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Glyphosate suppresses the antagonistic effect of Enterococcus spp. on Clostridium botulinum.

Anaerobe

Antibiosis, drug effects, Botulism, epidemiology, microbiology, veterinary, Cattle, Cattle Diseases, Clostridium botulinum, classification, growth & development, Mice, Enterococcus, metabolism, Gastrointestinal Tract, Glycine, analogs & derivatives, pharmacology, Herbicides, Animals

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      Abstract

      During the last 10-15 years, an increase of Clostridium botulinum associated diseases in cattle has been observed in Germany. The reason for this development is currently unknown. The normal intestinal microflora is a critical factor in preventing intestinal colonisation by C. botulinum as shown in the mouse model of infant botulism. Numerous bacteria in the gastro-intestinal tract (GIT) produce bacteriocines directed against C. botulinum and other pathogens: Lactic acid producing bacteria (LAB) such as lactobacilli, lactococci and enterococci, generate bacteriocines that are effective against Clostridium spp. A reduction of LAB in the GIT microbiota by ingestion of strong biocides like glyphosate could be an explanation for the observed increase in levels of C. botulinum associated diseases. In the present paper, we report on the toxicity of glyphosate to the most prevalent Enterococcus spp. in the GIT. Ingestion of this herbicide could be a significant predisposing factor that is associated with the increase in C. botulinum mediated diseases in cattle. Copyright © 2013 Elsevier Ltd. All rights reserved.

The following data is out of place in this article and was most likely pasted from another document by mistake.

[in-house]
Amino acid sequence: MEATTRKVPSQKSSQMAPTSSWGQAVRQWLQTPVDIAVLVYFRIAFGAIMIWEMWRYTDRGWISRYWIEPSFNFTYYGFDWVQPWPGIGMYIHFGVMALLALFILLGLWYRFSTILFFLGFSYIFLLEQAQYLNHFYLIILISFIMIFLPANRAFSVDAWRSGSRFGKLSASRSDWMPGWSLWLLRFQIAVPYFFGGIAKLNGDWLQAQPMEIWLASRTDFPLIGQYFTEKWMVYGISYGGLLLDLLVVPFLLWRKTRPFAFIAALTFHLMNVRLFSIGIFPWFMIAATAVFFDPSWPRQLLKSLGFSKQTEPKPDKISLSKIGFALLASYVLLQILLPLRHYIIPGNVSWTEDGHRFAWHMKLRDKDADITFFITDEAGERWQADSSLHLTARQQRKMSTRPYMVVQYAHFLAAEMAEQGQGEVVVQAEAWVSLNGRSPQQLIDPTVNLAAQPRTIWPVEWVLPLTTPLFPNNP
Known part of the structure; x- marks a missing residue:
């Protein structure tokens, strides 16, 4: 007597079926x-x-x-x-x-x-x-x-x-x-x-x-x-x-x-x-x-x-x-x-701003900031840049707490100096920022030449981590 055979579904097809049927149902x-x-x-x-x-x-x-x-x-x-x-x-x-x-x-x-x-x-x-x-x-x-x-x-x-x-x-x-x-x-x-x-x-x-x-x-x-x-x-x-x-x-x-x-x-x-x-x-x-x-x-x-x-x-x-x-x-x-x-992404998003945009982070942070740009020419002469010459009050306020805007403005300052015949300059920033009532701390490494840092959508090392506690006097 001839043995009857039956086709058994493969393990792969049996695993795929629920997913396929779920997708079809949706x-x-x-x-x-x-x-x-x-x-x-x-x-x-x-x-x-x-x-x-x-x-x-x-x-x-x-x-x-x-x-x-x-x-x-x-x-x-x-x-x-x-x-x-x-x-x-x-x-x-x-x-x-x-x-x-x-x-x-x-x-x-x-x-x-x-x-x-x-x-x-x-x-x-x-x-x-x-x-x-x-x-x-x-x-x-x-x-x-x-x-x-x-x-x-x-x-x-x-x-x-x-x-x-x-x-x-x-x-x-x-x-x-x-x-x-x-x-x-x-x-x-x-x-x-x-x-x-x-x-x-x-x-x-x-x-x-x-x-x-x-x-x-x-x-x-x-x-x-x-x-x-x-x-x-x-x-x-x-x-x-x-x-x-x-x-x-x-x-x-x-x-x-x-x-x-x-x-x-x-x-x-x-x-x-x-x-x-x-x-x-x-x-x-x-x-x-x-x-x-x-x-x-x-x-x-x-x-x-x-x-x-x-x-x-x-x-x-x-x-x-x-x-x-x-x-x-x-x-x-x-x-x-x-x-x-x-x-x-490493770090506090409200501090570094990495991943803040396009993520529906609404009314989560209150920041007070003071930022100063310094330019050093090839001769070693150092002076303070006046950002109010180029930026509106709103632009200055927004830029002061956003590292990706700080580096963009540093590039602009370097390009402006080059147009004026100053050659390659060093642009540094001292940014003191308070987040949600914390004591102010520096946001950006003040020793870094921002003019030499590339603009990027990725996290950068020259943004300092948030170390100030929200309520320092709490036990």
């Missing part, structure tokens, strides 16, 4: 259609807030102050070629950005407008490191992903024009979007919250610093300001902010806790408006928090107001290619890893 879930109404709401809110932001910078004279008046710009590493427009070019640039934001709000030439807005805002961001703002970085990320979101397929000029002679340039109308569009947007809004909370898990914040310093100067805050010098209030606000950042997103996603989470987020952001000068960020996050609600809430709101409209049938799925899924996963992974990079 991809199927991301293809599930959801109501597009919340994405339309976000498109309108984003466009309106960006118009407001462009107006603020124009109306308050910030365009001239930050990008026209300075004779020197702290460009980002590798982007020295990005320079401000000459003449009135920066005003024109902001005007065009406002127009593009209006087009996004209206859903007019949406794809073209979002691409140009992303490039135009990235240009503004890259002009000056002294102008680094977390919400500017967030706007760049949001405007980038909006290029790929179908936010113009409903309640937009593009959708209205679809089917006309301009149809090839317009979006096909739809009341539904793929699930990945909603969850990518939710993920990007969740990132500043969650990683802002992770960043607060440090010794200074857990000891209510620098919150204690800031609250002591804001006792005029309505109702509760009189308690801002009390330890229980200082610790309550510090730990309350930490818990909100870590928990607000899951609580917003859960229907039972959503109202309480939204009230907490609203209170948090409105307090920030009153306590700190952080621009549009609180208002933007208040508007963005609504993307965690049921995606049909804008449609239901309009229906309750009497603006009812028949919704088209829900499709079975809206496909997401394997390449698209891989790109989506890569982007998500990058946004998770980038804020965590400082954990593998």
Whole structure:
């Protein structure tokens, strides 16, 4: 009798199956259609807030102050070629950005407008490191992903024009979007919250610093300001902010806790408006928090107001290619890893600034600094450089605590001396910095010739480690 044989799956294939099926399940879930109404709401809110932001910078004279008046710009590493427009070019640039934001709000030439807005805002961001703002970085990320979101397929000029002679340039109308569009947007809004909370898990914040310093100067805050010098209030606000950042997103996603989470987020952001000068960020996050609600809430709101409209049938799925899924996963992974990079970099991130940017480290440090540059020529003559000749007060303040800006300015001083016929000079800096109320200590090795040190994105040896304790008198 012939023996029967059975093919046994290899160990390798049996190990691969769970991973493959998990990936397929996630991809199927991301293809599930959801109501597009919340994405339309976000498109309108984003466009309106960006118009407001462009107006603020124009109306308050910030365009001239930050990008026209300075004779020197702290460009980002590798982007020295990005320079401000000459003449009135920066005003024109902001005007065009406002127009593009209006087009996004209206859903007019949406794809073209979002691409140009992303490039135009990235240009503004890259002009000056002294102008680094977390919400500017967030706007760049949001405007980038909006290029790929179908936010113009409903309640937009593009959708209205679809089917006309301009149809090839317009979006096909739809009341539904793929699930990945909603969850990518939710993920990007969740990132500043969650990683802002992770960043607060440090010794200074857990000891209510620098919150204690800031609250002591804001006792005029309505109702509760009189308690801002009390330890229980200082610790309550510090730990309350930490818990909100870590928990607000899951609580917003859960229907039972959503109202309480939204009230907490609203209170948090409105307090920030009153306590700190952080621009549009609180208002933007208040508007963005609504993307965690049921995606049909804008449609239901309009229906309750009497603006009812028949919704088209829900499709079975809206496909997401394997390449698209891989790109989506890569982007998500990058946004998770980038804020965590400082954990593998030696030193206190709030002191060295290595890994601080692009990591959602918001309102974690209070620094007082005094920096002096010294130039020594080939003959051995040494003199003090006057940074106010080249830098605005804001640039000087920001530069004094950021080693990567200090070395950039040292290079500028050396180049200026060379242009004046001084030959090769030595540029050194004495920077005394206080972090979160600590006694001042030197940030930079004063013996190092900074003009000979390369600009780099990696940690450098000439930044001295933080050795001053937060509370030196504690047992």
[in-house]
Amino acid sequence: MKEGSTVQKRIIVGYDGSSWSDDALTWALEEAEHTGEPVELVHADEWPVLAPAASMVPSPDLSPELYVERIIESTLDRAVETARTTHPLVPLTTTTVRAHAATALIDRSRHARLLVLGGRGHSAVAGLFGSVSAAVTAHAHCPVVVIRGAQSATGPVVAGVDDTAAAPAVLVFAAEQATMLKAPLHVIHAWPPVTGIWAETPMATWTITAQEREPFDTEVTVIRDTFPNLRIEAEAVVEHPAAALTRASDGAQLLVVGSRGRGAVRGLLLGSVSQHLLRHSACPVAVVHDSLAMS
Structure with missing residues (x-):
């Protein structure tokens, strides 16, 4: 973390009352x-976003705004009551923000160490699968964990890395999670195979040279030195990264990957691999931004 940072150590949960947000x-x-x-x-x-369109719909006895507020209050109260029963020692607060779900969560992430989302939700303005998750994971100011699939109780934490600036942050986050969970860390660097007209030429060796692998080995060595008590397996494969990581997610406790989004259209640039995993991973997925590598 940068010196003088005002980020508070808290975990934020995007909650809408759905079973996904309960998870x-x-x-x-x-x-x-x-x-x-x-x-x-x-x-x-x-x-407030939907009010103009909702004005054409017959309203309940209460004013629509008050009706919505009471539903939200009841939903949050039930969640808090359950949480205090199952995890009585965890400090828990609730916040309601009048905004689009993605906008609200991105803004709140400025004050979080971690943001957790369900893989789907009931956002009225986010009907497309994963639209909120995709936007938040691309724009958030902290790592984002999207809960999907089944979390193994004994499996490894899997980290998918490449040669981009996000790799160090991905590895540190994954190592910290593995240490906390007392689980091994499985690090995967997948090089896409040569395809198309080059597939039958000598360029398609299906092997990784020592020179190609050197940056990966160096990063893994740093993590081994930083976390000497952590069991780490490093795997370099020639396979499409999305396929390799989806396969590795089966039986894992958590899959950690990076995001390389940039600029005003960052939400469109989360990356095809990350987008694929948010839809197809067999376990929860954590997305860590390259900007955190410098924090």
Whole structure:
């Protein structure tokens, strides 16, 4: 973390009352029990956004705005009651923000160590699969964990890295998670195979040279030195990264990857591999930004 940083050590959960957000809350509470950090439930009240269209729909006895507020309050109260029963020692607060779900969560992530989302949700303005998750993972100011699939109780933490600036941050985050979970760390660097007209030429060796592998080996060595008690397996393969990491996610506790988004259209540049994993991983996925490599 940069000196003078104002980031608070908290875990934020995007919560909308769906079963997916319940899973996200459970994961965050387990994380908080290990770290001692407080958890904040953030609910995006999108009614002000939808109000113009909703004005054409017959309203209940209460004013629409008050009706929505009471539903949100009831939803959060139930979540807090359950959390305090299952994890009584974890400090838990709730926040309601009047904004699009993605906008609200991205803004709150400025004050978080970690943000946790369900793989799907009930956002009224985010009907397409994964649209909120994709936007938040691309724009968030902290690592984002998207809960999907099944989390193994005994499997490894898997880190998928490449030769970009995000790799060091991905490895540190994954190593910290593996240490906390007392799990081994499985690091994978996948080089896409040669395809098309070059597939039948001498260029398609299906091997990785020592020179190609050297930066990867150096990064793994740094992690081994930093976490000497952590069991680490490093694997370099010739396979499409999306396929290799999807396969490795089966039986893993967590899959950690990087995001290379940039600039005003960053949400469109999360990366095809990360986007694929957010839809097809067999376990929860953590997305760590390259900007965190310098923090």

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      23396248
      10.1016/j.anaerobe.2013.01.005
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